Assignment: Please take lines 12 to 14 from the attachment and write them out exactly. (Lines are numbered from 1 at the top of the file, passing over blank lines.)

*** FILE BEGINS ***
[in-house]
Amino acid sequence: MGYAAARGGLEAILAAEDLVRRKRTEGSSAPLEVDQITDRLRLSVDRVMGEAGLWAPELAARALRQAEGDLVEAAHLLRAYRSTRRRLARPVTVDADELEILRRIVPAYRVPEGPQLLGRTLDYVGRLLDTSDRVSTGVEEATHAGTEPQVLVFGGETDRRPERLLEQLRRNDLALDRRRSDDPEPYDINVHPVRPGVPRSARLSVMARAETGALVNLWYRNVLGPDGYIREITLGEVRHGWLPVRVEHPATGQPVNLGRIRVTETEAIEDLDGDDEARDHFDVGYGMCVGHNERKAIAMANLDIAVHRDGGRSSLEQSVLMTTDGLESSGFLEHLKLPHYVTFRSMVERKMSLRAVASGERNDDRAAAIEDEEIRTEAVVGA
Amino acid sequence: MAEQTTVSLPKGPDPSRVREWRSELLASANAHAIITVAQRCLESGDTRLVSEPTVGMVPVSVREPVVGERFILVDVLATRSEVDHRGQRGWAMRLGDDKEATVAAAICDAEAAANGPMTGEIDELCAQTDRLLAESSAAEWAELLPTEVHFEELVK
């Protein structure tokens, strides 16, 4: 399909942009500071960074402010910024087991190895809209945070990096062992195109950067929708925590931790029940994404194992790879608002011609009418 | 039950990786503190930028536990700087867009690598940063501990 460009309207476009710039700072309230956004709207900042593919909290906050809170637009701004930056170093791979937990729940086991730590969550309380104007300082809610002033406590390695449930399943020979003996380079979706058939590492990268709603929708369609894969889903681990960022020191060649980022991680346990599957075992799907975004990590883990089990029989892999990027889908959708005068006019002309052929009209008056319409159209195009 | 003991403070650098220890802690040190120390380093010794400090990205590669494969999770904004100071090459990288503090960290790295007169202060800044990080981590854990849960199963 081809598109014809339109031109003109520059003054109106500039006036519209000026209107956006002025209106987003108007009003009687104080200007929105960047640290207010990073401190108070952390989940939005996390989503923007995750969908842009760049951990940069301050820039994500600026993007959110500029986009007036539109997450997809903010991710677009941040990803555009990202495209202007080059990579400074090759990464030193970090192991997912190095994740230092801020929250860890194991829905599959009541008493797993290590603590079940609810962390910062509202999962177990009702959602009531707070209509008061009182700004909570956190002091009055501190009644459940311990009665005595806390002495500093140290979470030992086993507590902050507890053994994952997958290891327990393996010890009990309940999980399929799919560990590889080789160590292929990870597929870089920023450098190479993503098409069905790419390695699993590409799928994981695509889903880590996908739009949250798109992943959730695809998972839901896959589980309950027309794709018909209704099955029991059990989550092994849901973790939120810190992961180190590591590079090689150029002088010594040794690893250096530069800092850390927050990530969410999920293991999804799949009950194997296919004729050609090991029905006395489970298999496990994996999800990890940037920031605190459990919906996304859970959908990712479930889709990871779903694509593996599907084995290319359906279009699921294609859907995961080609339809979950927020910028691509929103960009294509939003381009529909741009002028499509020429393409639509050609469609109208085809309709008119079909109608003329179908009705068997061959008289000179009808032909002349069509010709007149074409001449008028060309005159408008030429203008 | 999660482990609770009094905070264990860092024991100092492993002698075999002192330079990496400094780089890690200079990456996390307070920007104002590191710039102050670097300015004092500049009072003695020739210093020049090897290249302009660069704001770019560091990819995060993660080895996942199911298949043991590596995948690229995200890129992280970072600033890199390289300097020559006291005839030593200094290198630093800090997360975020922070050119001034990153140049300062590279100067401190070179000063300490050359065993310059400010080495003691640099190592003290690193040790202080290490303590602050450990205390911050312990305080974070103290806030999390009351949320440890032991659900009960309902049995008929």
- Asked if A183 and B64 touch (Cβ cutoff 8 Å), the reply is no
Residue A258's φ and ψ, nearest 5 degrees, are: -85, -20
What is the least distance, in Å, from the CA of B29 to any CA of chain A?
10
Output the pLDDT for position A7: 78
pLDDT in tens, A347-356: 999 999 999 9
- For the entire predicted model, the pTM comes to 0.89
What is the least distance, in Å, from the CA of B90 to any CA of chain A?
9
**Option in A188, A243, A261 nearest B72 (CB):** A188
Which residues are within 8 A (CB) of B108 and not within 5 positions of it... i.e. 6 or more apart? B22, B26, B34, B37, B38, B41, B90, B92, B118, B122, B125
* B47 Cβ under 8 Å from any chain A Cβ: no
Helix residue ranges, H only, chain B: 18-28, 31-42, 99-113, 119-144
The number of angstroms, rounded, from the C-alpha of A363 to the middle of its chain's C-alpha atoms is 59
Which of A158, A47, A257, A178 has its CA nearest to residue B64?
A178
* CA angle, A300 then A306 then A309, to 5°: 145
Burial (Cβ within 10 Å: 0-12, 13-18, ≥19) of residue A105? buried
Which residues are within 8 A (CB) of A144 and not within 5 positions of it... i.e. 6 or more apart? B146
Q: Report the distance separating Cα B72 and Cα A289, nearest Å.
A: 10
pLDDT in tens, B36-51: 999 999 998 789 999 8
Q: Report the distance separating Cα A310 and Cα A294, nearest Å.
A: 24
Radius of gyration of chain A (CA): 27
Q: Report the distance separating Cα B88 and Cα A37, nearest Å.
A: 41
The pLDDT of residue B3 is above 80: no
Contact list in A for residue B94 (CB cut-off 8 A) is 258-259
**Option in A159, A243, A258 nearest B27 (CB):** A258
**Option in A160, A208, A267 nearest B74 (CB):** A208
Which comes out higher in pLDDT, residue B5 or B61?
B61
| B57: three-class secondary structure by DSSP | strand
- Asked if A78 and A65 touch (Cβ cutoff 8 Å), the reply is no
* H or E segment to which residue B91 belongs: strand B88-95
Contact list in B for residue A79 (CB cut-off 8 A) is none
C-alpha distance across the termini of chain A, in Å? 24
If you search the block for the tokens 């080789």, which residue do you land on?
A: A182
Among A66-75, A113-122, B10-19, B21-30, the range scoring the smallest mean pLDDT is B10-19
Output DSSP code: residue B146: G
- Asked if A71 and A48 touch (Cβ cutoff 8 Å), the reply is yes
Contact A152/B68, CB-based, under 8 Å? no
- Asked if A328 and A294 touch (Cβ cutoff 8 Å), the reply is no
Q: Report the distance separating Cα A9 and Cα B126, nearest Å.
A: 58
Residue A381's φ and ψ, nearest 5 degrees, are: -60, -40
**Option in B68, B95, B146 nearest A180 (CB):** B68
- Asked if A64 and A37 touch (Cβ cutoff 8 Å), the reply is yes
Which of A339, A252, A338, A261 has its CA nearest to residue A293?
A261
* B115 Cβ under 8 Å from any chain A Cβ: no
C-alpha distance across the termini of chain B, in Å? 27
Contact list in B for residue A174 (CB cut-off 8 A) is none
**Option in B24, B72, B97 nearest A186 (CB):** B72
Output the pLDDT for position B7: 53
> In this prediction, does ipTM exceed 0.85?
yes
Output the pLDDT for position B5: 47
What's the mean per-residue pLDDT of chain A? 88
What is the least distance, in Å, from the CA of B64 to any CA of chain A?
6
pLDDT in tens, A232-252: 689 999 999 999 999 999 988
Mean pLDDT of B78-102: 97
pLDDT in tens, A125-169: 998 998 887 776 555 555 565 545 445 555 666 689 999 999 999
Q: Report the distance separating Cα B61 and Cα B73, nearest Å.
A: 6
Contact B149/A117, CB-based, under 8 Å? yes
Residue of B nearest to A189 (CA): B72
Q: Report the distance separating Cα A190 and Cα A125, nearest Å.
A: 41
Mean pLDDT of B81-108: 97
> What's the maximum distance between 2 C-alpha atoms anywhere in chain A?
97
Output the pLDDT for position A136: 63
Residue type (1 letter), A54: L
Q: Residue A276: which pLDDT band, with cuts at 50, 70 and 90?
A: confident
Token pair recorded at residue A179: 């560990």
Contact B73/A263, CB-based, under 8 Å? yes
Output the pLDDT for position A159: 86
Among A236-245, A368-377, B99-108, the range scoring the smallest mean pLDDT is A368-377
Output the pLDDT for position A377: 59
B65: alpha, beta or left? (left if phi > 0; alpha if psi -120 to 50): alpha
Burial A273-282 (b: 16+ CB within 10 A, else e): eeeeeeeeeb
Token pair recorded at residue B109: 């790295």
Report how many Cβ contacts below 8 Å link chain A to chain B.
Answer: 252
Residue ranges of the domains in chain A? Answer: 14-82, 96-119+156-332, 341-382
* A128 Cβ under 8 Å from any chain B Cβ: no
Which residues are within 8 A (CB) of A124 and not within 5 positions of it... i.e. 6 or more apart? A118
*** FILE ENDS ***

What is the least distance, in Å, from the CA of B90 to any CA of chain A?
9
**Option in A188, A243, A261 nearest B72 (CB):** A188